He was a rookie forward for the lowly Timmins Majors, who won only two of 36 regular season games in 2016-2017. But as the Majors have made major strides in the Great North Midget Hockey League in 2017-2018, so too has 2001 birth year forward Riley Brousseau.
The 6-foot, 180-pound Brousseau is second on the Majors in scoring at this stage of the 2017-2018 campaign, having scored 10 goals, 10 assists, 20 points in 25 games on an improving, competitive, well-coached Timmins team that has a record of 10-14-1.
As a rookie in 2016-2017, Brousseau had 10 goals, 7 assists, 17 points in 33 games on a disastrous Timmins team that posted a league-worst record of 2-32-2 and went through three head coaches in the process.
But the 2017-2018 season has been a breath of fresh, cold, northern air for the Majors program under 28-year old rookie bench boss Brandon Perry, who captained his hometown Timmins team as a former star player in the Great North loop before going on to play four seasons in the Ontario Jr. Hockey League and four more at the Ontario University Athletics level.
At any rate, of the returning players who have turned their game around from last season to this, Brousseau stands out in part because he is still very young at age 16 and has good size to go with a good skill set.
To be sure, there is a lot about Brousseau that has impressed Perry, who along with the rest of his first-year coaching staff, has instilled discipline and accountability in to Timmins midget program.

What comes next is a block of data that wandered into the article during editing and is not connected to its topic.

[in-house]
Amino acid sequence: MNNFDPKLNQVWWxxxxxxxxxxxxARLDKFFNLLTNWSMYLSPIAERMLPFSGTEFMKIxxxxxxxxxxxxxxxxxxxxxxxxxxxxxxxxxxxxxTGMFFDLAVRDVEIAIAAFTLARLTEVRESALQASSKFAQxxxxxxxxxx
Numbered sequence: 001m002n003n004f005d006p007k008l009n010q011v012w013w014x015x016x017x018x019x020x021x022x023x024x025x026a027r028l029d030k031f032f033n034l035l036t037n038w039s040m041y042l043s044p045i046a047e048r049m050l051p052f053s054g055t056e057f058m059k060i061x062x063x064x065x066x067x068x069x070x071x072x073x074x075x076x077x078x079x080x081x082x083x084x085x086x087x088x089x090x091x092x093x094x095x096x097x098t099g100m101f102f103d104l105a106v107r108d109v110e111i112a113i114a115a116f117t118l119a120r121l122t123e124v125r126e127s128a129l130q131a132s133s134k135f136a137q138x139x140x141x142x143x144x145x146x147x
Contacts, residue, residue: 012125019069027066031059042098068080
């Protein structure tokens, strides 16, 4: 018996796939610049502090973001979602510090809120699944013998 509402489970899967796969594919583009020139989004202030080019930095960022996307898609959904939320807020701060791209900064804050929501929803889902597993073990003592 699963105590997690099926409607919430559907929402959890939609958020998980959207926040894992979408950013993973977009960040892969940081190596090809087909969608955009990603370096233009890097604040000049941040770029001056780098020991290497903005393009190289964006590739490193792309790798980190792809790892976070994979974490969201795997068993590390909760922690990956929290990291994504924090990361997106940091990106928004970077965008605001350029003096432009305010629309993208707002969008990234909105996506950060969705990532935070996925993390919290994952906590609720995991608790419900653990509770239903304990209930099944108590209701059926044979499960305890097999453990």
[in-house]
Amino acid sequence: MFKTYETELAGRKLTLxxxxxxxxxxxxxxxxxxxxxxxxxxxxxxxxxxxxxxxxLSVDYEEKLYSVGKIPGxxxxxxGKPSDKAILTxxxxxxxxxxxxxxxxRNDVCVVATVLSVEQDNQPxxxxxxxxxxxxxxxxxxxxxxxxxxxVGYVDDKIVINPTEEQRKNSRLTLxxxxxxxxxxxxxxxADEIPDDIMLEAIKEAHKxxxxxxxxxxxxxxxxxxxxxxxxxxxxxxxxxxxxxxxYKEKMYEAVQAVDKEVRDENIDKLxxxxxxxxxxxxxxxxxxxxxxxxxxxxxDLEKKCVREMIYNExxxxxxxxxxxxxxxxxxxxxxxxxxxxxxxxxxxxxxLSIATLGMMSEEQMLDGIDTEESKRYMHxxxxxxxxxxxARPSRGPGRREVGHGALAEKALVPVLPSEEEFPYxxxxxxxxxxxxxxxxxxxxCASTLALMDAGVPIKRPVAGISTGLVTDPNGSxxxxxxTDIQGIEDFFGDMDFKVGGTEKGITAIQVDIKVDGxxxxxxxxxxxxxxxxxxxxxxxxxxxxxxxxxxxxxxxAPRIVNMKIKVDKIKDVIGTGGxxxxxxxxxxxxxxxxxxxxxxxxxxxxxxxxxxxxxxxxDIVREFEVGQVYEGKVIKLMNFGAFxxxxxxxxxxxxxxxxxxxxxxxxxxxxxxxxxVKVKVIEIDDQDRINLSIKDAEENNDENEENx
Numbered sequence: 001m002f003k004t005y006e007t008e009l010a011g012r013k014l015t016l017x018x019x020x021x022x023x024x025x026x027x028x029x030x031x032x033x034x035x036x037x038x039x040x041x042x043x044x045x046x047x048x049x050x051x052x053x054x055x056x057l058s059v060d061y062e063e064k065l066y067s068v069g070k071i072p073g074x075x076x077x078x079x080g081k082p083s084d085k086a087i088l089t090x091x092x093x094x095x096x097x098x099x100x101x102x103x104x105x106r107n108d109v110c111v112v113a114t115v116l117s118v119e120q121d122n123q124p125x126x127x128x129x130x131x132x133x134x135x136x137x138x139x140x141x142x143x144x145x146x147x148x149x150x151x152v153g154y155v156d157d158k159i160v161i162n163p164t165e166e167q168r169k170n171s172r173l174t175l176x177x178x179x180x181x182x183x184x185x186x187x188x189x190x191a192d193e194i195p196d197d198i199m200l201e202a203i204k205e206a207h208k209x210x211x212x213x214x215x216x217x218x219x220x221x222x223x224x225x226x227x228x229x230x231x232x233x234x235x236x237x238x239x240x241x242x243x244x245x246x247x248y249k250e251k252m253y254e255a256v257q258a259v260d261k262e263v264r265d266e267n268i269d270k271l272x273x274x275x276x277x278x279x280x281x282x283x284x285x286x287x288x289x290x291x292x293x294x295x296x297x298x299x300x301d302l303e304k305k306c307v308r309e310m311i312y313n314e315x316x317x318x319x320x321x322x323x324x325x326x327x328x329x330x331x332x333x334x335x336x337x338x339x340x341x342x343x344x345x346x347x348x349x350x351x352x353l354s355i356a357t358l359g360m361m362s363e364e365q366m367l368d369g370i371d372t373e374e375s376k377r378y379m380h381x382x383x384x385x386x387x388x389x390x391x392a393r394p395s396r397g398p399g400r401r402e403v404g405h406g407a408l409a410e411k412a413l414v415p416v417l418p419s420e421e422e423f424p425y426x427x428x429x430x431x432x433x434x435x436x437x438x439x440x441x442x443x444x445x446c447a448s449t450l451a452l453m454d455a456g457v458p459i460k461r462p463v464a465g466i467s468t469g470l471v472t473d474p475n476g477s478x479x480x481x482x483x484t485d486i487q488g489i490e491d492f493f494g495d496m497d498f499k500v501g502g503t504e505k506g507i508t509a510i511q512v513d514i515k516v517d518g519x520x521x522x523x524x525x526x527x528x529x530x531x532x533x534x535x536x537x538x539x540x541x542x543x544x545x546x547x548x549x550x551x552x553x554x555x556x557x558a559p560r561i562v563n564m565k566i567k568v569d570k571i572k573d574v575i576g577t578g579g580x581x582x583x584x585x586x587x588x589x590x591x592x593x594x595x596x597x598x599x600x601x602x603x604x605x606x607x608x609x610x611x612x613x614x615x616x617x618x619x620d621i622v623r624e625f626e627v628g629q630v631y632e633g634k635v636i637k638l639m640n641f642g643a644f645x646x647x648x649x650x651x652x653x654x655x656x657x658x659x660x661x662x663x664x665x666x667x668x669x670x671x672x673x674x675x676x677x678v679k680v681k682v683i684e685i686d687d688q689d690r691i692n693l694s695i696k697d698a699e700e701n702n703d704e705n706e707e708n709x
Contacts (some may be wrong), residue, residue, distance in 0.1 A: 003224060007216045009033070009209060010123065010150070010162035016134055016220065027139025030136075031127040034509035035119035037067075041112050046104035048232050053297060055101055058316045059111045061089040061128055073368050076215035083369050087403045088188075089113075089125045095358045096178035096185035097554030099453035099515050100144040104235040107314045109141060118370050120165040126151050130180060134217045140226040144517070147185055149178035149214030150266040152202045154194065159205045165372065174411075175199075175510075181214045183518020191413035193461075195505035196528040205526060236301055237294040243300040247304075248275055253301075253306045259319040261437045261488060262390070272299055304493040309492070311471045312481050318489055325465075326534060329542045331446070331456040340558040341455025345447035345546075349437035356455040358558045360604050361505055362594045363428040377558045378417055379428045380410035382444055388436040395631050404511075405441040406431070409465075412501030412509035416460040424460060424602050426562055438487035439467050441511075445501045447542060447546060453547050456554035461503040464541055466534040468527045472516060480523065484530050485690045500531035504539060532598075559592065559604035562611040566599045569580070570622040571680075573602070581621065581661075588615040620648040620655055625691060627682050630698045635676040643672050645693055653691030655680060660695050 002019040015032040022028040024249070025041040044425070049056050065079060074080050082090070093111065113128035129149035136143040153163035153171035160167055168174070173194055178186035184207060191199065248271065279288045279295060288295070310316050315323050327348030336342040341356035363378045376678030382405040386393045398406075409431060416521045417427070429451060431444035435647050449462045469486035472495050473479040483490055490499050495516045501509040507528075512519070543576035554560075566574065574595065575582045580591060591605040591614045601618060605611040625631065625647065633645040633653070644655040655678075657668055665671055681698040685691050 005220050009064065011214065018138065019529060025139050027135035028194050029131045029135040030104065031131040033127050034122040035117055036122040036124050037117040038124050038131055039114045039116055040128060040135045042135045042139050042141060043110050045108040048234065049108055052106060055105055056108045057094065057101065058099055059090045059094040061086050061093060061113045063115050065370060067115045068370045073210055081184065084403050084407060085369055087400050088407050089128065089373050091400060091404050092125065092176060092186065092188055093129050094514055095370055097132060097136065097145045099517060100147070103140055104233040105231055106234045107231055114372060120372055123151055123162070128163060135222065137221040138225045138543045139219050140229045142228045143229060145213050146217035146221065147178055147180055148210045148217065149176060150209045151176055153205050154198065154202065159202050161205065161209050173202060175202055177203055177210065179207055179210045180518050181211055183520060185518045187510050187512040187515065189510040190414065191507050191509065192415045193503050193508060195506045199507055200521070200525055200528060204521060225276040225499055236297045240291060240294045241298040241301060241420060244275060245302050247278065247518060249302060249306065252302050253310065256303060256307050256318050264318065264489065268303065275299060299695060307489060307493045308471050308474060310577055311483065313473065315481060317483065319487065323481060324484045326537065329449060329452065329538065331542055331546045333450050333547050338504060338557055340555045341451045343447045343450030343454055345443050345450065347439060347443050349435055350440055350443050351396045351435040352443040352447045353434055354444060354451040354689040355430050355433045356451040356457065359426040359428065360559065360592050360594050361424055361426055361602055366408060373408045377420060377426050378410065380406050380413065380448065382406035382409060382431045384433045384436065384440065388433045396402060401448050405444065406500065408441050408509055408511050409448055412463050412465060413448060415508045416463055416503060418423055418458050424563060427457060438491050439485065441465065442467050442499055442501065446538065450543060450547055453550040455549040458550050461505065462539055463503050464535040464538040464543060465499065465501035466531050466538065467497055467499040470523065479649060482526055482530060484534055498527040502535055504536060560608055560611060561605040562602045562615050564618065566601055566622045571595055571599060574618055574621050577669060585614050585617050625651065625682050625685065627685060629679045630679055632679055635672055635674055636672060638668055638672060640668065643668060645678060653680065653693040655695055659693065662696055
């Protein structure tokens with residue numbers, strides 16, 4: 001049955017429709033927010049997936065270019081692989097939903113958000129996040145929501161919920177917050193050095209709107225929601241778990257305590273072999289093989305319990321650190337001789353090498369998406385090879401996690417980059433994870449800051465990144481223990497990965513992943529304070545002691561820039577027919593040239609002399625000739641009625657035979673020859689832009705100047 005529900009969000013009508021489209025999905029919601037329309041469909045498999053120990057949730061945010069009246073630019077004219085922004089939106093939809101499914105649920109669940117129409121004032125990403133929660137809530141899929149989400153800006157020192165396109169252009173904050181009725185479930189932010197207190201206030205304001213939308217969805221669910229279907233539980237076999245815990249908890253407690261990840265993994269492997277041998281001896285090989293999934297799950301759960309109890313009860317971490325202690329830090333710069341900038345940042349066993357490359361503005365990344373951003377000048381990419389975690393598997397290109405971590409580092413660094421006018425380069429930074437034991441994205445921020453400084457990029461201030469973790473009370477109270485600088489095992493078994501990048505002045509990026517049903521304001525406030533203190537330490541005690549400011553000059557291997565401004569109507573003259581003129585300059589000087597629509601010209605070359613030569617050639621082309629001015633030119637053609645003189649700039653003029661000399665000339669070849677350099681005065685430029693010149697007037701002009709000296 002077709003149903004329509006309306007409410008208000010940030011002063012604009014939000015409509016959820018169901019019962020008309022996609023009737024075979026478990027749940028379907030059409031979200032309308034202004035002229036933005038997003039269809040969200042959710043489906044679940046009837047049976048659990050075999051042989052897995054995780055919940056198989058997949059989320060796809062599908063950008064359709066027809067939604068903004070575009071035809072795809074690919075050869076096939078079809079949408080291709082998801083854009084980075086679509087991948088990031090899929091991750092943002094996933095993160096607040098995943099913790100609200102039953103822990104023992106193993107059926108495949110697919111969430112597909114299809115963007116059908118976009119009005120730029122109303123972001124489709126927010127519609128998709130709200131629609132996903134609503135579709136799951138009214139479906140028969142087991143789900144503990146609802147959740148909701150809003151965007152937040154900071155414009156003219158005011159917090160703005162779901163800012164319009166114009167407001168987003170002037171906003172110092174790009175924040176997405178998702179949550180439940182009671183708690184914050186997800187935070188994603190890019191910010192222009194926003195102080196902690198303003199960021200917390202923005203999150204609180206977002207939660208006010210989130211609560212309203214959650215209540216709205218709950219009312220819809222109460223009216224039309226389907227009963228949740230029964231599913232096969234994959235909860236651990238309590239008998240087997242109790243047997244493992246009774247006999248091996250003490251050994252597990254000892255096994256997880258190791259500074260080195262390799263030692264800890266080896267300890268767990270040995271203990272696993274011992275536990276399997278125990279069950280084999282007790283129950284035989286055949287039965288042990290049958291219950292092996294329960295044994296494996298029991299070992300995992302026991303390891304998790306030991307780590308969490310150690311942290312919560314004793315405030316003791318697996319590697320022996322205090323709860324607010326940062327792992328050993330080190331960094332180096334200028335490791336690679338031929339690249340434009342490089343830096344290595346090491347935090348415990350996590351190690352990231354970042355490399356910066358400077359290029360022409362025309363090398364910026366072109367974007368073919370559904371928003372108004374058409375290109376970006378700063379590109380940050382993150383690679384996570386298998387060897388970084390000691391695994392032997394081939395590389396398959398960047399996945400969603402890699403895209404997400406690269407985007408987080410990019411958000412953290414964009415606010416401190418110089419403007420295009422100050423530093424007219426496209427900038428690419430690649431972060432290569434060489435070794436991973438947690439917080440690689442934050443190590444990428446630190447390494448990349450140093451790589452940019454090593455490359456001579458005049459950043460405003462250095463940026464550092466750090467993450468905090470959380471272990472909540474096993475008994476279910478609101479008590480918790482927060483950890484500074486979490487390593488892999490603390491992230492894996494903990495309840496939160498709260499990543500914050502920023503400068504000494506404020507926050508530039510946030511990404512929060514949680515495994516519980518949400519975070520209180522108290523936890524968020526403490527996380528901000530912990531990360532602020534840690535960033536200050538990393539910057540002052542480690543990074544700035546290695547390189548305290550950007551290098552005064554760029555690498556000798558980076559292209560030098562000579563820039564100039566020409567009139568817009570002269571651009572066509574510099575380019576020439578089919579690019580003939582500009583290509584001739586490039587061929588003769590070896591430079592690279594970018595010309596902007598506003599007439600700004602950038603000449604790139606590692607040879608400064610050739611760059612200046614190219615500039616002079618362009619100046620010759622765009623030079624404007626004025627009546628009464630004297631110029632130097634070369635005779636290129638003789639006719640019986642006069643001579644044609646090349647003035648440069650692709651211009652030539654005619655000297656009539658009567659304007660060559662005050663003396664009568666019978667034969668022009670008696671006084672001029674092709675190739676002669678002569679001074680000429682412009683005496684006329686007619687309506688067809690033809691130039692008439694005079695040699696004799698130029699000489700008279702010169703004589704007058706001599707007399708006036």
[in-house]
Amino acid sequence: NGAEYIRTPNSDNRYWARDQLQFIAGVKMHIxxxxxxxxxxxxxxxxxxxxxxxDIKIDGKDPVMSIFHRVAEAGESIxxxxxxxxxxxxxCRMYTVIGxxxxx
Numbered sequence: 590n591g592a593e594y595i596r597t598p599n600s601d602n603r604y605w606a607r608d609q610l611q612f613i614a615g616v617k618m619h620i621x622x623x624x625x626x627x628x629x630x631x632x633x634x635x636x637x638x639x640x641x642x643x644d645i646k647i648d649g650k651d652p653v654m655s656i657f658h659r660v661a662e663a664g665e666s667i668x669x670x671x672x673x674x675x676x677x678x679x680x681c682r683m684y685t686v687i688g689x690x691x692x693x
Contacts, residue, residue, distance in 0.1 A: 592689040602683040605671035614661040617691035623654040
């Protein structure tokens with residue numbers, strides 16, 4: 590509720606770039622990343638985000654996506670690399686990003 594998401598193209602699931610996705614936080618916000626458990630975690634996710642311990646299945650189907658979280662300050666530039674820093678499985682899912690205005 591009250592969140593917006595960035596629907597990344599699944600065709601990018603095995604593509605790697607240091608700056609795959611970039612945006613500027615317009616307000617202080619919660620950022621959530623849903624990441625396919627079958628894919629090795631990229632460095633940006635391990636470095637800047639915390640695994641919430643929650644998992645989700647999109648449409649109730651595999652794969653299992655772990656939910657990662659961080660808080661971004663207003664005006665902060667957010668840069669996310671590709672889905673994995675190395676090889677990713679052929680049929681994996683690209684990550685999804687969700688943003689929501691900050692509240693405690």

“First off, Riley got off to a really slow start to this season, just as the team did,” Perry told Hockey News North. “To be honest, the returning kids all had to get rid of a lot of bad habits from last year. Once they did, we have seen progress in them as individuals that have extended to the team as a whole.
“In talking about Riley, he has just got better and better as the season has gone on,” Perry said of Brousseau. “He is big and fast and he has a wicked shot. He competes hard and is just a really good player with a lot of skill.”
Perry added that he feels Brousseau could and should be selected at this year’s second-ever, Ontario Hockey League draft for major midget players who were not picked as a minor midgets in 2017.
“He has a lot of potential based on his skill and size and he is a really good kid who wants to get better. He is always asking the coaches how he can get better and what he can do to improve himself,” Perry added in further praise of Brousseau.
To be sure, Major improvement has led to a Major role for Brousseau.
PHOTO: Forward Riley Brousseau, in action for the Timmins Majors. (Photo by Timmins Daily Press.)